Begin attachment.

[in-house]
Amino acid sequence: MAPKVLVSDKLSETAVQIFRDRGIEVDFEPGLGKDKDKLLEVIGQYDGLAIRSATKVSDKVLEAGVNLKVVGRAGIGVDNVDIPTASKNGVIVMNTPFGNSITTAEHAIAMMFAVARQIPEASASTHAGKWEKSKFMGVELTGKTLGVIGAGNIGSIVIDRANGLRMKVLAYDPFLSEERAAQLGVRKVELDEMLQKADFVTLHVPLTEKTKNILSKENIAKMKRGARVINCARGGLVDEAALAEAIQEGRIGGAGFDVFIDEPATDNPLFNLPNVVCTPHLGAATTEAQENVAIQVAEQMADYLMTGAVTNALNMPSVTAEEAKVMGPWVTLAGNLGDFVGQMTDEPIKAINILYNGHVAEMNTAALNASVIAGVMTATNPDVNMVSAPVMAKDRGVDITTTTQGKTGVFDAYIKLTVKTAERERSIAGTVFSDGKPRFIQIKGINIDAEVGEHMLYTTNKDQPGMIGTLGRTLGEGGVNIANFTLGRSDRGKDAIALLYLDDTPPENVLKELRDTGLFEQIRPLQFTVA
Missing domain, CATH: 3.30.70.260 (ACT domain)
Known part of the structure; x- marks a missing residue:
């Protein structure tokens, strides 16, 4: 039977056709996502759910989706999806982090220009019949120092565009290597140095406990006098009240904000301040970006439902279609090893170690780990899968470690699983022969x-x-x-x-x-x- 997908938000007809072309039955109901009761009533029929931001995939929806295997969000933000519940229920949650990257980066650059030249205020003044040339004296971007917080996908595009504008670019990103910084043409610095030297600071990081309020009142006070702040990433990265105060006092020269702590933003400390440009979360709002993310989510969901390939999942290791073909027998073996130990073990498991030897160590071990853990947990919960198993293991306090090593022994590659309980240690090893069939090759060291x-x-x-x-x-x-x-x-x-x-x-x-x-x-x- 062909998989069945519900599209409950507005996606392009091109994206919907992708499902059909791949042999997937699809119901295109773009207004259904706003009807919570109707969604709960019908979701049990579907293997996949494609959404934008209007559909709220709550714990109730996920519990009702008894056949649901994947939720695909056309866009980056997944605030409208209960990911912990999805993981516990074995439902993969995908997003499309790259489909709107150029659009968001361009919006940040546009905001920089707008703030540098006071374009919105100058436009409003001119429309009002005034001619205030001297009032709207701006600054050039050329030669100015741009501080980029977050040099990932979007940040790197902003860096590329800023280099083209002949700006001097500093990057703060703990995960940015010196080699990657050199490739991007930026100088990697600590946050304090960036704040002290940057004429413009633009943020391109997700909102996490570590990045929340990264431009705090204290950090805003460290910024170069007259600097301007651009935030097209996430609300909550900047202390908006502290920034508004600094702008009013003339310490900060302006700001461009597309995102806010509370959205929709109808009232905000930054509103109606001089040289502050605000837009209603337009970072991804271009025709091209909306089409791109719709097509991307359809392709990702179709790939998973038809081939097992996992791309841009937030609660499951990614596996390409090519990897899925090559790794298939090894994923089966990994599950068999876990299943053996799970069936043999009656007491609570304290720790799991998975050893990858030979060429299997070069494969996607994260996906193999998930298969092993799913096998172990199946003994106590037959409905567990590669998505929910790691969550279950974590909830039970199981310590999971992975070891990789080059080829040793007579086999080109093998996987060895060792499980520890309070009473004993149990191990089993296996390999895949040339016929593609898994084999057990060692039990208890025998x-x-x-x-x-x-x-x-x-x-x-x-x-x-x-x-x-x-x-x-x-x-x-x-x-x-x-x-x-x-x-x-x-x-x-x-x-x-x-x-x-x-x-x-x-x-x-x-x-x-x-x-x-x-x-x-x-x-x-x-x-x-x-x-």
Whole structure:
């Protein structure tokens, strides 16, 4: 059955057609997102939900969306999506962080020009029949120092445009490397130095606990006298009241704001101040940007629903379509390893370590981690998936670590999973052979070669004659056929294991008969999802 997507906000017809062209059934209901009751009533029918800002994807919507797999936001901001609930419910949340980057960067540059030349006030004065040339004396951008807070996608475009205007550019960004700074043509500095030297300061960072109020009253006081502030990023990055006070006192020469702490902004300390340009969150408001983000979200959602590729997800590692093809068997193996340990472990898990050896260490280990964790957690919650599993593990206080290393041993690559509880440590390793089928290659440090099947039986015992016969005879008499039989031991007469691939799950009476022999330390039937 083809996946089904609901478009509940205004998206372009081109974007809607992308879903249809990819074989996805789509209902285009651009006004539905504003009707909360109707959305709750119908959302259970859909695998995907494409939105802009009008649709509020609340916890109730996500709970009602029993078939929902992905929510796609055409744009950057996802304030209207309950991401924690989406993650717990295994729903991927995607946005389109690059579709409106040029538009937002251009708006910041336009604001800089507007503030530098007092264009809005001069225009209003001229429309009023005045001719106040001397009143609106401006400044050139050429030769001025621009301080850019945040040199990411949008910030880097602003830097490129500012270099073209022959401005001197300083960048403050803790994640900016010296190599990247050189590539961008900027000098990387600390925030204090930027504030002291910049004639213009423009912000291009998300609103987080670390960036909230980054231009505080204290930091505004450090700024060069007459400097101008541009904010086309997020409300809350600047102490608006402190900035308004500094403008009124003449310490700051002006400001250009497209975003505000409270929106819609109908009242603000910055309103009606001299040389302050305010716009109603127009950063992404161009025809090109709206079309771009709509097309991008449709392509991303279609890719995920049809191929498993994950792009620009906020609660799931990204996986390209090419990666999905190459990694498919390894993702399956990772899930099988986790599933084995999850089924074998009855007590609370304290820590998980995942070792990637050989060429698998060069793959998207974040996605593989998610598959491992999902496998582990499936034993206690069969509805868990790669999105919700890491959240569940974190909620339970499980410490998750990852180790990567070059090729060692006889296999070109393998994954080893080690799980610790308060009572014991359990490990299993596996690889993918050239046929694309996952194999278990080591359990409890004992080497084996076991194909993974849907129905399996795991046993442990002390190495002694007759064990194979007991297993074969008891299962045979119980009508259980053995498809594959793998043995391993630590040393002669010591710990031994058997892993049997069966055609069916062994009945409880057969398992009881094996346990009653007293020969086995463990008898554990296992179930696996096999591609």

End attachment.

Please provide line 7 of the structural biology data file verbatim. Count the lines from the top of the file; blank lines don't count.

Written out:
């Protein structure tokens, strides 16, 4: 059955057609997102939900969306999506962080020009029949120092445009490397130095606990006298009241704001101040940007629903379509390893370590981690998936670590999973052979070669004659056929294991008969999802 997507906000017809062209059934209901009751009533029918800002994807919507797999936001901001609930419910949340980057960067540059030349006030004065040339004396951008807070996608475009205007550019960004700074043509500095030297300061960072109020009253006081502030990023990055006070006192020469702490902004300390340009969150408001983000979200959602590729997800590692093809068997193996340990472990898990050896260490280990964790957690919650599993593990206080290393041993690559509880440590390793089928290659440090099947039986015992016969005879008499039989031991007469691939799950009476022999330390039937 083809996946089904609901478009509940205004998206372009081109974007809607992308879903249809990819074989996805789509209902285009651009006004539905504003009707909360109707959305709750119908959302259970859909695998995907494409939105802009009008649709509020609340916890109730996500709970009602029993078939929902992905929510796609055409744009950057996802304030209207309950991401924690989406993650717990295994729903991927995607946005389109690059579709409106040029538009937002251009708006910041336009604001800089507007503030530098007092264009809005001069225009209003001229429309009023005045001719106040001397009143609106401006400044050139050429030769001025621009301080850019945040040199990411949008910030880097602003830097490129500012270099073209022959401005001197300083960048403050803790994640900016010296190599990247050189590539961008900027000098990387600390925030204090930027504030002291910049004639213009423009912000291009998300609103987080670390960036909230980054231009505080204290930091505004450090700024060069007459400097101008541009904010086309997020409300809350600047102490608006402190900035308004500094403008009124003449310490700051002006400001250009497209975003505000409270929106819609109908009242603000910055309103009606001299040389302050305010716009109603127009950063992404161009025809090109709206079309771009709509097309991008449709392509991303279609890719995920049809191929498993994950792009620009906020609660799931990204996986390209090419990666999905190459990694498919390894993702399956990772899930099988986790599933084995999850089924074998009855007590609370304290820590998980995942070792990637050989060429698998060069793959998207974040996605593989998610598959491992999902496998582990499936034993206690069969509805868990790669999105919700890491959240569940974190909620339970499980410490998750990852180790990567070059090729060692006889296999070109393998994954080893080690799980610790308060009572014991359990490990299993596996690889993918050239046929694309996952194999278990080591359990409890004992080497084996076991194909993974849907129905399996795991046993442990002390190495002694007759064990194979007991297993074969008891299962045979119980009508259980053995498809594959793998043995391993630590040393002669010591710990031994058997892993049997069966055609069916062994009945409880057969398992009881094996346990009653007293020969086995463990008898554990296992179930696996096999591609």